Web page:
We all have experienced this in one way or another - you have an embedded browser in some app, but you inevitably found yourself wanting to switch to Safari with 'View in Safari' button. Why? Simply because user experienced in native Safari is better due to local storage and cookies.
Yes, starting from iOS8 we can all enjoy Safari-like browsing speed in apps, thanks to WKWebView. The problem was though, that each app had its own browser interface, which resulted in inconsistent look and feel across the system.
But now these problems are gone, since Apple's release of SFSafariViewController.
First things first: import
Afterwards we are instantiating
- Creating with only base URL
- Creating with bas URL as well as entering 'Reading Mode' in case it is available
NSString *sURL = @"http://google.com"; NSURL *URL = [NSURL URLWithString:sURL]; SFSafariViewController *safari = [[SFSafariViewController alloc] initWithURL:URL]; // 1. SFSafariViewController *safari = [[SFSafariViewController alloc] initWithURL:URL entersReaderIfAvailable:YES]; // 2. [self presentViewController:safari animated:YES completion:nil];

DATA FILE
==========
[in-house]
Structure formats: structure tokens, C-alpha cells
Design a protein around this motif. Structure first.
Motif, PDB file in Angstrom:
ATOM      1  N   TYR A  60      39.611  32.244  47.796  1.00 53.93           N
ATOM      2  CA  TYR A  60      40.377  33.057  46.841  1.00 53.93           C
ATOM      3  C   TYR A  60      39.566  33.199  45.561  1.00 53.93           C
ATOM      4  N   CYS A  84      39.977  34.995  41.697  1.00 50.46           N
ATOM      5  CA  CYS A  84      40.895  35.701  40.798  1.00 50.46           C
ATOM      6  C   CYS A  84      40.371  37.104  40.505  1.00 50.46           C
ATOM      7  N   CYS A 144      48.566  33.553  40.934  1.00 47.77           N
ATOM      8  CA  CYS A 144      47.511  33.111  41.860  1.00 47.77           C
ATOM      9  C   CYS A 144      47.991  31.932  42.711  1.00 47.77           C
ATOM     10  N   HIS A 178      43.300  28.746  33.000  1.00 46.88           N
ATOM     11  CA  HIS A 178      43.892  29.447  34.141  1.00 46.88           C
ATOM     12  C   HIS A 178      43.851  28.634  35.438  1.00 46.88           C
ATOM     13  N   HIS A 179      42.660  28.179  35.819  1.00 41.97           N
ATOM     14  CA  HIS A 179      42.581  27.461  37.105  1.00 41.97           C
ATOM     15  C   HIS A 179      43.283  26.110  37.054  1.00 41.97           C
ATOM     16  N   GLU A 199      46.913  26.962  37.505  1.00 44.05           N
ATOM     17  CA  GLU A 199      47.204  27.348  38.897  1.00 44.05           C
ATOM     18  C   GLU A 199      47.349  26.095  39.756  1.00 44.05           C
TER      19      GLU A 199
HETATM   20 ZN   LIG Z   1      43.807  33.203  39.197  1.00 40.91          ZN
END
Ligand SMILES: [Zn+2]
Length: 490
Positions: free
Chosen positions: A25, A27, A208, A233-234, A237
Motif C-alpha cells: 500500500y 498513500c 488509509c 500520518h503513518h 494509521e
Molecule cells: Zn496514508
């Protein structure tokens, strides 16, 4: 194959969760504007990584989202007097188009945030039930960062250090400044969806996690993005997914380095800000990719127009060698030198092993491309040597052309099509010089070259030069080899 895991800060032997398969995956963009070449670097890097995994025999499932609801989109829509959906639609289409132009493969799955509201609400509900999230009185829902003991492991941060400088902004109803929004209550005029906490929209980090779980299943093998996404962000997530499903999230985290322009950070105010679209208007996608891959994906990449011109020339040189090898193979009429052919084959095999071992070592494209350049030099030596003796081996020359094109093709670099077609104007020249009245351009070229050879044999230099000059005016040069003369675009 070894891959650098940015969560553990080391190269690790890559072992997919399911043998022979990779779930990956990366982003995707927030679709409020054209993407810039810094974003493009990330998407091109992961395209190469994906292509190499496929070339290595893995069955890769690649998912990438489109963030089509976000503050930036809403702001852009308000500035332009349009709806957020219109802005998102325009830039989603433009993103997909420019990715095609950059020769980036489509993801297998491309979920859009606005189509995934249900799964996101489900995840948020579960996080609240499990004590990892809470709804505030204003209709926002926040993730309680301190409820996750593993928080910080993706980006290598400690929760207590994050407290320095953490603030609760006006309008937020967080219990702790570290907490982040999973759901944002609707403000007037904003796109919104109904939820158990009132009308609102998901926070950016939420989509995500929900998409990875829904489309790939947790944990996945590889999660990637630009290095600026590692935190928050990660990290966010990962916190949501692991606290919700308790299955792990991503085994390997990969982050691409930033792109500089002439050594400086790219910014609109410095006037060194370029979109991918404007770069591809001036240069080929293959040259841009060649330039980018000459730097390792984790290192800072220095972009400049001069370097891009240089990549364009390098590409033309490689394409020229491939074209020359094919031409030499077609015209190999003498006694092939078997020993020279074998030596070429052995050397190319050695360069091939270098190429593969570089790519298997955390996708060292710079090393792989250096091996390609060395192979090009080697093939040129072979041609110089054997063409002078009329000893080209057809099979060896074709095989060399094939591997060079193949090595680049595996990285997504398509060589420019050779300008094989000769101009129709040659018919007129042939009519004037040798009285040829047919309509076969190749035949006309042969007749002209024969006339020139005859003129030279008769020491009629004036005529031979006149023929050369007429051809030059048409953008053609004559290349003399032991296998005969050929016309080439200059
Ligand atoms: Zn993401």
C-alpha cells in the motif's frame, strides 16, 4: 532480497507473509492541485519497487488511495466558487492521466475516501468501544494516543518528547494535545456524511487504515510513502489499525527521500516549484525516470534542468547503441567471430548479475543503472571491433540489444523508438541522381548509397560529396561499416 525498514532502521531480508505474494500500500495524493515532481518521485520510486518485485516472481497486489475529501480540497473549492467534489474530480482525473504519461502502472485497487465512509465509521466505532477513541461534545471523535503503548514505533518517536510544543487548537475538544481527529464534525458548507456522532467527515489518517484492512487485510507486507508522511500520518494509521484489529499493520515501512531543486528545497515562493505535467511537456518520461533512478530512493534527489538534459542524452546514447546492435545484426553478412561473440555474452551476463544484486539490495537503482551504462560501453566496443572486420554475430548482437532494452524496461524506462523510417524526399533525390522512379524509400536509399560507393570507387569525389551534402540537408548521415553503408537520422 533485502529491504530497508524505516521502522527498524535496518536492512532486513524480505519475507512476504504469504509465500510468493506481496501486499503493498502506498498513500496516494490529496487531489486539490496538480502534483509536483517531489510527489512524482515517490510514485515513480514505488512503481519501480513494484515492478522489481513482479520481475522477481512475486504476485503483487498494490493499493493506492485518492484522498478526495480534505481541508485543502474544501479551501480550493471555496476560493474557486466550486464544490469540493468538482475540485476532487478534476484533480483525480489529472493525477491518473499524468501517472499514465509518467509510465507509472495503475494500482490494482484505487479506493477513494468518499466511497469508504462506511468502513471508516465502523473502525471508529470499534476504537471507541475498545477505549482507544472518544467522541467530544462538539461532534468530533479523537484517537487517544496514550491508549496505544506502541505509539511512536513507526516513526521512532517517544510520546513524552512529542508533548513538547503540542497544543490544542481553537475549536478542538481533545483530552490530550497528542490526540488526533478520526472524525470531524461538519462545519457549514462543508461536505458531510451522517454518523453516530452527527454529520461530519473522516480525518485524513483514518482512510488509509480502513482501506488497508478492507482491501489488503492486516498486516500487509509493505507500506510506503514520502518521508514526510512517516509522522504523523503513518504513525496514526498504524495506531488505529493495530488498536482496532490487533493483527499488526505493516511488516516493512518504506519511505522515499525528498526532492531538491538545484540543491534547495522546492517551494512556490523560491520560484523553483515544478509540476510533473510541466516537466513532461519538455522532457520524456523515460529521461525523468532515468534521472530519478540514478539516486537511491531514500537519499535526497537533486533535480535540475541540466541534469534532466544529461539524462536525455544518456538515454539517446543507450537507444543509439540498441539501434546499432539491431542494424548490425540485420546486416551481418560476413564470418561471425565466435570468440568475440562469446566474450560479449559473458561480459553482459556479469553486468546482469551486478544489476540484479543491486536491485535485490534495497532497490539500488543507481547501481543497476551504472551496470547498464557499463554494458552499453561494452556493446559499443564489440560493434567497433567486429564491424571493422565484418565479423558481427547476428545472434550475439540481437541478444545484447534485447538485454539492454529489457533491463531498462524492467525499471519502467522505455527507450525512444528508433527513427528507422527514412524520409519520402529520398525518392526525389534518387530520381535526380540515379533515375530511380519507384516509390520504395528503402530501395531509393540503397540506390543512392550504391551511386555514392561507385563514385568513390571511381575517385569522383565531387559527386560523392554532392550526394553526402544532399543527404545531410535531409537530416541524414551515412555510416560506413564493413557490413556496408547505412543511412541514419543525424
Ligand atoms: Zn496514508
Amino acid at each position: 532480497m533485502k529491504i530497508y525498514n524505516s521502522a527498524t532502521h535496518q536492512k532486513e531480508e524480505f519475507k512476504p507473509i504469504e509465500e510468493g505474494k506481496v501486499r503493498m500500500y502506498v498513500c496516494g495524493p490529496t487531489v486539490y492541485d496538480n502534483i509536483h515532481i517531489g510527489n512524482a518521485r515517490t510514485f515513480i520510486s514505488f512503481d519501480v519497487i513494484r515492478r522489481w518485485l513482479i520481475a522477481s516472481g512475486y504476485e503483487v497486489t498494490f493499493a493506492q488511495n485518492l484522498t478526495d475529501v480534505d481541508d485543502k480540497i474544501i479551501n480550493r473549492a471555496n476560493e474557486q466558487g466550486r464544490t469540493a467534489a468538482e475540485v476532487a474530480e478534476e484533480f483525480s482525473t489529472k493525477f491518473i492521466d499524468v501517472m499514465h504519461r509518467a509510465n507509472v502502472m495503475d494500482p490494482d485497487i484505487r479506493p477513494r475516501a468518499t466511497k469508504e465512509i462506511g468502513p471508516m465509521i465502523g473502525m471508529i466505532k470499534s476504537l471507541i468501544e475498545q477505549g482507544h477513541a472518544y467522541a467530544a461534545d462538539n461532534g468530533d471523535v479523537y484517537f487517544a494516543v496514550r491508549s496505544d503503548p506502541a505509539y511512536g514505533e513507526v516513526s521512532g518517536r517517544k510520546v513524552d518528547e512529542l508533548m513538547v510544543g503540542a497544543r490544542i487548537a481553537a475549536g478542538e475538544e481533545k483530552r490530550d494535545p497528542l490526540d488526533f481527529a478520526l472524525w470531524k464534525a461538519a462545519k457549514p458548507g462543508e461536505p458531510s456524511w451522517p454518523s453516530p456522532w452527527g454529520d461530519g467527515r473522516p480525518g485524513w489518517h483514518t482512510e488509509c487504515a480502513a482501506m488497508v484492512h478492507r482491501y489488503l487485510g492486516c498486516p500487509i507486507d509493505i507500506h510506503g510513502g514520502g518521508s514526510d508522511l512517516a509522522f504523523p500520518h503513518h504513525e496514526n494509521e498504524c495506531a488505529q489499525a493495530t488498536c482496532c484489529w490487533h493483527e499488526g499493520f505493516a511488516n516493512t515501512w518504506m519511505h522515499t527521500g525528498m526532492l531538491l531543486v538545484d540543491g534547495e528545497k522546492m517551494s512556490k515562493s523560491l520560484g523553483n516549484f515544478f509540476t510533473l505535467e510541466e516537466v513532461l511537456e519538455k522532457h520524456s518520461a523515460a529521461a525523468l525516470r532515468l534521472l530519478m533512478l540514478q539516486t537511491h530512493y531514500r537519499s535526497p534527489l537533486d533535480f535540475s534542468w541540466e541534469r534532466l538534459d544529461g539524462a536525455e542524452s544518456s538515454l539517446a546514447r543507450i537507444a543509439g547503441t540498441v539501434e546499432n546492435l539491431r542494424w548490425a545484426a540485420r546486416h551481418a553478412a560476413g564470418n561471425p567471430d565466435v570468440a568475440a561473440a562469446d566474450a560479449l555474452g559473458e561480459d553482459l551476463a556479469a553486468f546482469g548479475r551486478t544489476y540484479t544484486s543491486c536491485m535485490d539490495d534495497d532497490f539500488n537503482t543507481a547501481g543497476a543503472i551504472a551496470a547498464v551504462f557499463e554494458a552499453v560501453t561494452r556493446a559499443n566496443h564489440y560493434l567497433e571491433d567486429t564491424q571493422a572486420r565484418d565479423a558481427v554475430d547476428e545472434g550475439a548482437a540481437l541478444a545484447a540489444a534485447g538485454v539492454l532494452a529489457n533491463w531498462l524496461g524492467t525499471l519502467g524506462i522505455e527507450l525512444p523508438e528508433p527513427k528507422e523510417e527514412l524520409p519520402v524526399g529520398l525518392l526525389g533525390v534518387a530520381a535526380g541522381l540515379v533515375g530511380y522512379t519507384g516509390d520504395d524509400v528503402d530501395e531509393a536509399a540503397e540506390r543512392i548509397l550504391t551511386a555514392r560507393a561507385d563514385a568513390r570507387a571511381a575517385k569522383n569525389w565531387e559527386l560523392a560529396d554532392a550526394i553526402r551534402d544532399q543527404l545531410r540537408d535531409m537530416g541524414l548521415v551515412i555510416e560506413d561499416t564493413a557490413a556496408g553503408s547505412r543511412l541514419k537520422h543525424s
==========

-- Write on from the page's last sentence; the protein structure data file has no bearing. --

It is worth mentioning though, that
There is nothing cool happening in delegate protocol:
This method is invoked when SFSafariViewController completes the loading of the URL that you pass to its initializer. The method is not invoked for any subsequent page loads in the same SFSafariViewController instance.
The view controller calls this method when the view is about to show an activity view controller. Your delegate can provide unique application-specific services (such as a social media service) to be included with the system-provided sharing services.
Your method should dismiss the view controller.
This sums it up, basically. Not too much to control here, but definitely a nice solution for apps that don't require custom browser but do want to keep user from switching from their app to Safari and forget from where they have came from in the first place.